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Wednesday, 08 April 2015 14:09

Musical drama about Cypress Hills history returns to Lyric

Written by  Matthew Libenberg
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Award winning actor and storyteller Joseph Naytowhow presents the Nakoda point of view in a scene from the historical musical drama The Cypress Hills would never be the same. Award winning actor and storyteller Joseph Naytowhow presents the Nakoda point of view in a scene from the historical musical drama The Cypress Hills would never be the same. Photo by Hillarie Tasche

After last year’s successful performance of a musical drama about the Cypress Hills at the Lyric Theatre, the production will return to the stage later this month with the addition of a new character and a new song.

Swift Current resident Stew Tasche shares his passion for the history of the Cypress Hills region with audiences in the play The Cypress Hills would never be the same.
“That story has to be told at some point,” he said. “That’s really what my whole impetus was from the beginning, growing up in the Cypress Hills and having had the privilege of knowing that history. I just want to share that with people so that they can take their kids out there and they can talk to them about what happened right here.”
It took him three years to write the play, which tells the story of the Cypress Hills through a combination of monologues and songs.
“If you’ve missed it in the prose, you can still get it in the music because one reinforces the other,” he said. “So you should be able to come to that show, not have much of an idea about the Cypress Hills or Sitting Bull or wolfers or the Cypress Hills Massacre, and you should be able to go away and be able to tell some semblance of that story and that’s all I wanted to do.”
His own expectations for the play was wildly exceeded and it evolved into a much larger production than he anticipated. He originally thought it would be suitable for performance on a simple set by a two-person cast consisting of a storyteller and a musician.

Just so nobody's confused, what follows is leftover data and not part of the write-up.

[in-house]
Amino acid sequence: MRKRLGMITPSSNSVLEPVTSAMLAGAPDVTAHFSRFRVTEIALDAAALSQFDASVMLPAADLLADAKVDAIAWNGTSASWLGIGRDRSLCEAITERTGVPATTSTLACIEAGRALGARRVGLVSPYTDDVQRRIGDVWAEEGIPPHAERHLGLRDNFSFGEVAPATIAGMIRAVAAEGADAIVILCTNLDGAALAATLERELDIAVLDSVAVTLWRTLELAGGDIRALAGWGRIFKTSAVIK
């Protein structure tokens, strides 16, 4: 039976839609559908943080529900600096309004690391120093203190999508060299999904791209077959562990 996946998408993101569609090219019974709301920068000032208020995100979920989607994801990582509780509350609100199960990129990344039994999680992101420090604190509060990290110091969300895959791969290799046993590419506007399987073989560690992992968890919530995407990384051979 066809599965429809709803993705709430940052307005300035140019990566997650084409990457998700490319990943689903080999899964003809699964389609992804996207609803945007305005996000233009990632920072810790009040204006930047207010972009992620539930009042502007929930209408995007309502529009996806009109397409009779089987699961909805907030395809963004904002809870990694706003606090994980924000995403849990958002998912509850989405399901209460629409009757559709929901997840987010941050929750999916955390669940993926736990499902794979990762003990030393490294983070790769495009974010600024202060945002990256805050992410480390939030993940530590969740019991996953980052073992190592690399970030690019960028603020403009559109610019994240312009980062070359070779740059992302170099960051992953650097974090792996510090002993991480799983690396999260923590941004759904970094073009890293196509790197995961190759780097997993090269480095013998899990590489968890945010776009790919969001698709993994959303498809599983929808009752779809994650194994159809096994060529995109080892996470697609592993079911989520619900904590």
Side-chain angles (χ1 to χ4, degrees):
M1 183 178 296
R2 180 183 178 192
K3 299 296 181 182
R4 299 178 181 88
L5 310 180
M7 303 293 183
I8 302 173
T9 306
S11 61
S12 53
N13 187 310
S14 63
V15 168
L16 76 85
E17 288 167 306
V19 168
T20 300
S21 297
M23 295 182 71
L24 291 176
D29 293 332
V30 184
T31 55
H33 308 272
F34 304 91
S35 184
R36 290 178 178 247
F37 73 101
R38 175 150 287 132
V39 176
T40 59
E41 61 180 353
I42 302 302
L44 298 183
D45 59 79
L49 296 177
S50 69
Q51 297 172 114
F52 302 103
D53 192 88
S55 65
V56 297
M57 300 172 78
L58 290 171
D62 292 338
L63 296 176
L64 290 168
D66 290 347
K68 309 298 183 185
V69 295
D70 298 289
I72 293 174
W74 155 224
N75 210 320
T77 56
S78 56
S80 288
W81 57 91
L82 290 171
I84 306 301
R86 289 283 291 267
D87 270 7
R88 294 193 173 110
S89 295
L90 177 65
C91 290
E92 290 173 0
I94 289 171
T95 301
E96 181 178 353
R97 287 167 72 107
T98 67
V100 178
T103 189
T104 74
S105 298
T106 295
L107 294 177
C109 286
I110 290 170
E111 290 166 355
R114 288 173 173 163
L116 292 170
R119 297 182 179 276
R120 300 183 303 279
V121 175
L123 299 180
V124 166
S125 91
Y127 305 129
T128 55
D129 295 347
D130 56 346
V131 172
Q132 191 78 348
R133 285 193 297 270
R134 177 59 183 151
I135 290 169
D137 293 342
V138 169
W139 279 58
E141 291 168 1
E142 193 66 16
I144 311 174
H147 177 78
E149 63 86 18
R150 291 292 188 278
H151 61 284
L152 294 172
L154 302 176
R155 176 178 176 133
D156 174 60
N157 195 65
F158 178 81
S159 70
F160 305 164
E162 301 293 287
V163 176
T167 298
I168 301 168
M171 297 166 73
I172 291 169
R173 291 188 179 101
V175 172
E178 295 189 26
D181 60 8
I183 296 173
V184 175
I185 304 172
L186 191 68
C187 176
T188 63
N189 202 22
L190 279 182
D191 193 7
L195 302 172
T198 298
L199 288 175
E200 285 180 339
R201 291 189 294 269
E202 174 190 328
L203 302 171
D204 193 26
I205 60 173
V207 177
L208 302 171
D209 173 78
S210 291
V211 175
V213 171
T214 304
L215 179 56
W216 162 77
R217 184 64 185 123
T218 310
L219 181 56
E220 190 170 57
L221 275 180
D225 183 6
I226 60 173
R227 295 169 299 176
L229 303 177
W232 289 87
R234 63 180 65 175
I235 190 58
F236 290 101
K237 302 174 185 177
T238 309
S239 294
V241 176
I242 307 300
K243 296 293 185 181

“I never had any dreams that it would play once, let alone play twice,” he said. “It’s probably one of the most rewarding things I’ve ever done.”
The play was originally performed at the Lyric Theatre in November 2014 and tickets sold so fast an additional performance was scheduled.
“I guess you’d have to say it was an incredible success,” he mentioned. “It was sold out three weeks before. We added another night, that sold out in 24 hours. We had a matinee then for high-school students from the southwest with 190 high-school students, that sold out.”
He credited the success of the play to the calibre and professionalism of the artistic and production team, as well as to the interest from people in their own region’s history.
“People are so inundated with technology and computers and cellphones and all that sort of stuff,” he said. “There’s a real urgency out there for people to hear stories. ... If it’s in prose and music, it appeals to that many more people. When it involves the history of your area it is more meaningful to a whole other group of people.”
After the success of last year’s production, there were many requests for the play to be performed again.